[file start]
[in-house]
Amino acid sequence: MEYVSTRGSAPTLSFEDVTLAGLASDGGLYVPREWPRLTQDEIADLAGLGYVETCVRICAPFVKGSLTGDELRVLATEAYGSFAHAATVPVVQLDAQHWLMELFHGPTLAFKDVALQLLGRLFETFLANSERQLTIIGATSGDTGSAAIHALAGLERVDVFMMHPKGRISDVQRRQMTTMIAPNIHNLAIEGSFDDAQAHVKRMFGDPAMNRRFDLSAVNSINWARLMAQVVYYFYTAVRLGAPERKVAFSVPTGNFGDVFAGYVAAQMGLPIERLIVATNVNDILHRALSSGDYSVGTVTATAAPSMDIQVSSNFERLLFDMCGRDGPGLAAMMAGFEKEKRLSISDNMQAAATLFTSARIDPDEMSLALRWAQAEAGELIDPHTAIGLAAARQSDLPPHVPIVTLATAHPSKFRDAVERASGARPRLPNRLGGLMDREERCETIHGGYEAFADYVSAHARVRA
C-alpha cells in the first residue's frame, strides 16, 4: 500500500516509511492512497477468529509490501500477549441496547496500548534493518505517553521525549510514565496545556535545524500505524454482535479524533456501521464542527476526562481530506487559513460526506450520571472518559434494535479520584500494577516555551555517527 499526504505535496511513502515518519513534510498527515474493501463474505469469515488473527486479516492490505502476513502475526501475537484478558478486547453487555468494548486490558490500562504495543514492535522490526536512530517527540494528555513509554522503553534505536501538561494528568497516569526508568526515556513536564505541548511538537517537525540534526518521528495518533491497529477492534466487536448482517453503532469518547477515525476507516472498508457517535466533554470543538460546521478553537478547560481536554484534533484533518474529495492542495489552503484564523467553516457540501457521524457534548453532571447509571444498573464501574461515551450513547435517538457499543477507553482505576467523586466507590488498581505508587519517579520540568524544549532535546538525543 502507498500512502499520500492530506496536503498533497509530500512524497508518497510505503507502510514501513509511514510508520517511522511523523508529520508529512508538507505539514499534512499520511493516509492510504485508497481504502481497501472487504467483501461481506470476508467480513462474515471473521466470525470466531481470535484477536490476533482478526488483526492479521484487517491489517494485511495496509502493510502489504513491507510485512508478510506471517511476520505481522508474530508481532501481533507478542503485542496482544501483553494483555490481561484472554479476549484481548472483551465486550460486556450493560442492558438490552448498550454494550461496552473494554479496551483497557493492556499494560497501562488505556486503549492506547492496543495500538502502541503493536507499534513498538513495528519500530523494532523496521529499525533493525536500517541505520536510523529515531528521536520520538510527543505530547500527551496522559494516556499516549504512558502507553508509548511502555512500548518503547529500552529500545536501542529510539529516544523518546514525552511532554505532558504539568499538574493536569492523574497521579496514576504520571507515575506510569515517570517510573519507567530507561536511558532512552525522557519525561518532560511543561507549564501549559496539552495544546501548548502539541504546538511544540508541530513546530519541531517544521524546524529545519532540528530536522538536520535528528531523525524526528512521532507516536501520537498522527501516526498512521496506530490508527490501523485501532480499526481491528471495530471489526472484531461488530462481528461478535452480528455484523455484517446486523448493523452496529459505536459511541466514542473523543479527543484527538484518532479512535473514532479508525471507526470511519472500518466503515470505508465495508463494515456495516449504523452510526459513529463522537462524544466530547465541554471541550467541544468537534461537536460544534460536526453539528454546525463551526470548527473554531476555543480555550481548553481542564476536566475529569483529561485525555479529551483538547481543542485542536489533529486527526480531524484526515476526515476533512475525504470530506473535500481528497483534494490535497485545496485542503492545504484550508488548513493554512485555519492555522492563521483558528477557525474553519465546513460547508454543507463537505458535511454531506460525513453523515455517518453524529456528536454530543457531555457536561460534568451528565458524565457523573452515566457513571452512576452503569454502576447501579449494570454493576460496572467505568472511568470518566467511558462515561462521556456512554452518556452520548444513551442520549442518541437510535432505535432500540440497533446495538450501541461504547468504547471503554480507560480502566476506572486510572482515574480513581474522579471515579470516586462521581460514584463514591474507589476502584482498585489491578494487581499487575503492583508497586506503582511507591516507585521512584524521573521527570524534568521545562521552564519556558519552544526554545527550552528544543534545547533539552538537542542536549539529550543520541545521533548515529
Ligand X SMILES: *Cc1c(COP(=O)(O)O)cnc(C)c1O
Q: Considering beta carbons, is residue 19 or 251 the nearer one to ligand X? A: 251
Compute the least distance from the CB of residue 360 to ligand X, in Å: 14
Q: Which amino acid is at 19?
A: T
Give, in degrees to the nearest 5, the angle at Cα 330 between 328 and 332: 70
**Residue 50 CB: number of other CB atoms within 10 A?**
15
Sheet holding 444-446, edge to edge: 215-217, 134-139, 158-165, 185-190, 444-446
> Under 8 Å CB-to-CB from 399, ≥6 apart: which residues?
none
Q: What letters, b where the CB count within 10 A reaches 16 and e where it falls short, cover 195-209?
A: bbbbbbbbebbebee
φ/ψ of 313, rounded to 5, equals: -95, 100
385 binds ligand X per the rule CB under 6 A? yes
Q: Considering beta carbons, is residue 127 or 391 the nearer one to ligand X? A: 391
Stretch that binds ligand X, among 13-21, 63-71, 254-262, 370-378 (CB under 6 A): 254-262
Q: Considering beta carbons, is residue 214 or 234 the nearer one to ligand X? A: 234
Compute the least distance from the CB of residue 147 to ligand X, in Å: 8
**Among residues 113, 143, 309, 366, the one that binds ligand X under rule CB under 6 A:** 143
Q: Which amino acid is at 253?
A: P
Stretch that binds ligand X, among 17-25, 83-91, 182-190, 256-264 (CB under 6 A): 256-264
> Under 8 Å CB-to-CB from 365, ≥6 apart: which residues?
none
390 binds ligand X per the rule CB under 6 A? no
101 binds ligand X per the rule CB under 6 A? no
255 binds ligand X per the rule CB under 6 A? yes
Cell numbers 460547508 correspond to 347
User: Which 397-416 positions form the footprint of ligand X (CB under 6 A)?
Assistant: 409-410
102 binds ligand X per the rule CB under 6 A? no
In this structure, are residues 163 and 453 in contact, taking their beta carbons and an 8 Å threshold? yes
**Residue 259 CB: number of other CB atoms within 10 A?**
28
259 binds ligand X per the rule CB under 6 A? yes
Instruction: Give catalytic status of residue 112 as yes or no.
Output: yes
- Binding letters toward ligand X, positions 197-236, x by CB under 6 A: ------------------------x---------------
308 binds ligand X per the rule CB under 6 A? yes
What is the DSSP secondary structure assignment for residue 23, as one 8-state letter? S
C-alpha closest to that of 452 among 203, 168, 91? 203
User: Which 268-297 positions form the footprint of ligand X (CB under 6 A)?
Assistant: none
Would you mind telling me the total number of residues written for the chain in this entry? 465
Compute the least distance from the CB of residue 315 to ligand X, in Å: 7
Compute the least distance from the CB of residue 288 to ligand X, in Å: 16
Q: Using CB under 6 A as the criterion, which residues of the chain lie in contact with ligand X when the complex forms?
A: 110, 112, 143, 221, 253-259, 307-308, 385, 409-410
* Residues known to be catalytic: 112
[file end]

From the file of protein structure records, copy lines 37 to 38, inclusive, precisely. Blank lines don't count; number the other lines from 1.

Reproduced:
**Residue 259 CB: number of other CB atoms within 10 A?**
28